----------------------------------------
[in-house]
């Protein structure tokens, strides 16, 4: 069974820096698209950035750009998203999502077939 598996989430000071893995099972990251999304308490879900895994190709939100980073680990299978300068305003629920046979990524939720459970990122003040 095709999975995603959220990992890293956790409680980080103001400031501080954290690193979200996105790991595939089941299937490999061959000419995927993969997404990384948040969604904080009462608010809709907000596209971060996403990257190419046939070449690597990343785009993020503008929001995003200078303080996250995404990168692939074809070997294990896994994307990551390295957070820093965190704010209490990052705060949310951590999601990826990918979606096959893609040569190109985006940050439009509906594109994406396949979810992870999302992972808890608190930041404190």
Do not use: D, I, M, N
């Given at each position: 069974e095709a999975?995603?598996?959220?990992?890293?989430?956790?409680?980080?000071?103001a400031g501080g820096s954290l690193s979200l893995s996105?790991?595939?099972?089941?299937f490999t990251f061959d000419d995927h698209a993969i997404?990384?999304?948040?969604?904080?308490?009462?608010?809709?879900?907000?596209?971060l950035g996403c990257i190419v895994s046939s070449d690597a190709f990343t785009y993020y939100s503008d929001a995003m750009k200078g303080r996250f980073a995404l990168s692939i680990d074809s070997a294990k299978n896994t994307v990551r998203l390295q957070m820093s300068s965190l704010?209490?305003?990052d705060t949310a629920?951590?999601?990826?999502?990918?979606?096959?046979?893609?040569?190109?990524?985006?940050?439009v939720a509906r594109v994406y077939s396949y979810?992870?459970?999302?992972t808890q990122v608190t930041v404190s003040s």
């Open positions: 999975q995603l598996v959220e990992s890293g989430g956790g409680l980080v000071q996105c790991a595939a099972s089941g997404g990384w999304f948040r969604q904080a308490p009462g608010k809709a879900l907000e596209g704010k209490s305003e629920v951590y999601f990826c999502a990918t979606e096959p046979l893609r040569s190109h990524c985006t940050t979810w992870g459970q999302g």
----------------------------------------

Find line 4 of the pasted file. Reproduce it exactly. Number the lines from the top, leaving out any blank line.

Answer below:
């Given at each position: 069974e095709a999975?995603?598996?959220?990992?890293?989430?956790?409680?980080?000071?103001a400031g501080g820096s954290l690193s979200l893995s996105?790991?595939?099972?089941?299937f490999t990251f061959d000419d995927h698209a993969i997404?990384?999304?948040?969604?904080?308490?009462?608010?809709?879900?907000?596209?971060l950035g996403c990257i190419v895994s046939s070449d690597a190709f990343t785009y993020y939100s503008d929001a995003m750009k200078g303080r996250f980073a995404l990168s692939i680990d074809s070997a294990k299978n896994t994307v990551r998203l390295q957070m820093s300068s965190l704010?209490?305003?990052d705060t949310a629920?951590?999601?990826?999502?990918?979606?096959?046979?893609?040569?190109?990524?985006?940050?439009v939720a509906r594109v994406y077939s396949y979810?992870?459970?999302?992972t808890q990122v608190t930041v404190s003040s």